The complexities of performance as a means for interpretation have allowed me to better understand and represent the process of narrative. There are a myriad of conflicting perspectives on what exactly constitutes performance. Below is an explanation as to why the lens of performance is helpful when looking at stories in different mediums, particularly hypermedia.
Stern and Henderson define performance at its most fundamental as an act that is “interactional in nature and involving symbolic forms and live bodies” (3). It can be an act that involves the interactions between a performer and a text, an audience and a performer, and/or two people talking. The symbolism occurs at the “intersection between text and context,” with the text being anything ranging from a script to a social norm for interaction. This intersection is where and how the page is brought to life on the stage through the performed gestures and actions, and where a conversation comes to life through the interaction of the two participants. The context of these occurrences is the “social, political, historical, psychological and aesthetic factors that shape the way we understand the text” (17). Context is the culture in which the audience is influenced. A performance is thus positioned within the cultural discourse of its place and time (Auslander 8 ). So, when and where it occurs influences how and what occurs. The context shapes and limits the possible meanings of a performance that the performers and the audience can interpret. So, whether it is a conversation or a stage play, it occurs within its context of time and space.
The intersection of text and context is a site where scholars begin to expand the parameters of performance, exploring beyond the stage and into the various activities of our lives (like reading) and examining the fact that a performance is an event that exists in the present, in the here and now. It cannot be reproduced; it can be repeated, but then it is a different production (Phelan, Unmarked 146). Each production is a (re)presentation of the event. It is a different conversation, a different play. Each performance varies from the last, each affected by the present time and place. Each is filled with the unique potential of its present. It is happening in the here and now. This immediacy of performance is one of its biggest strengths, but it is a weakness as well, for documentation and reproduction are virtually impossible. It is a presence “imbued in performance” through the knowledge that “it will occur this way only this time” (Vandon Heuvel 12).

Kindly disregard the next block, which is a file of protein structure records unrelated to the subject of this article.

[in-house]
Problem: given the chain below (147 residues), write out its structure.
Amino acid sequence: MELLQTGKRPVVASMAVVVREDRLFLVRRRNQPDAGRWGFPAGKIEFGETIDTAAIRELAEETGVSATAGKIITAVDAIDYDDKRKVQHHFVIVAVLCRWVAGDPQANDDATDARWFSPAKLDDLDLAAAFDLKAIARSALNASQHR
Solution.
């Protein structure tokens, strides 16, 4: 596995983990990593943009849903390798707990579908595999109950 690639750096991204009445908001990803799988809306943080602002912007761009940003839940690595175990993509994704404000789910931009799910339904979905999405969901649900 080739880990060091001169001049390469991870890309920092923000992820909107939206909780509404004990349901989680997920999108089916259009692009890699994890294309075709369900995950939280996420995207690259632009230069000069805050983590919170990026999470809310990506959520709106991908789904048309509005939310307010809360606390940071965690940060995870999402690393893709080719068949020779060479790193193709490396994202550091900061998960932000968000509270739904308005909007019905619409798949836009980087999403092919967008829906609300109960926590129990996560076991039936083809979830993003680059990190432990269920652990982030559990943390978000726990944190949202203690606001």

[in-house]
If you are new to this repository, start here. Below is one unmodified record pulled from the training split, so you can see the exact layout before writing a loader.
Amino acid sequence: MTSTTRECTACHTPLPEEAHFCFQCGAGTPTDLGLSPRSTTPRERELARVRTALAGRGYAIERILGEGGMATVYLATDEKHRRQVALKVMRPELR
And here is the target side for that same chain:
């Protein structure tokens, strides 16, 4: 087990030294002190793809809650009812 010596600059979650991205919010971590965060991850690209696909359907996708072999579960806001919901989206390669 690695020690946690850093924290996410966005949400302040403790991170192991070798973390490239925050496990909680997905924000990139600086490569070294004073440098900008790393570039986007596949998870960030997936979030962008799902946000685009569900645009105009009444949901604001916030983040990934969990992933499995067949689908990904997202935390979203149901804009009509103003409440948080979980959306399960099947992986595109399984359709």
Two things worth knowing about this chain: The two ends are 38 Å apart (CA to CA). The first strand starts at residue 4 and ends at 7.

Looking more closely at the event of a performance reveals another characteristic. In any performance, more than one type of presence exists. There is the enduring presence of the performative event itself, and there is “the series of presents which constitutes whatever ‘present’ meaning” the audience has of the performance (Sayre, Object 19). In other words, the performance exists and endures along with the current meaning(s) found in the audience’s responses, whether detailed or fleeting, which create and sustain a process of presents and presence. So, every (re)presentation, every new conversation, takes place within the rubric of an experience of past plays and past conversations. The performance of here and now is built on the preceding and continual process of performance(s).
Thinking of the process of performance opens up yet another facet. One can look at a performance as metonymic, an “additive and associative” process that works on “contiguity and displacement” (Phelan 150). To borrow Peggy Phelan’s example, “‘The kettle is boiling‘ is a statement that assumes water is contiguous with the kettle. The point is not that the kettle is like water,” as in a metaphor, “but that the kettle is boiling because the water inside the kettle is” boiling (150). Bert States discusses performance as metaphor, but I prefer to use the term metonymic. A metaphor has a substitutive function, while a metonym is additive. Performance does not simply substitute the text, it metonymically adds to it and to itself at the same time. It is metonymic in the sense that a performance echoes that from which it springs forth and echoes the process of performing itself. It simultaneously represents the text on stage and itself as well. This idea is analogous to Sayre’s example that “the spoken breath is identical with the event that it describes because it is the event” (Object 16). In the process of performing, both text and performance are (re)presented. The embodied orality of the performance opens up its metonymic potential. There is the presence of the text and the presence of the participants in the here and now. Whether they are conversational or theatrical, these performances occur within a dynamic with bodies together in time and space.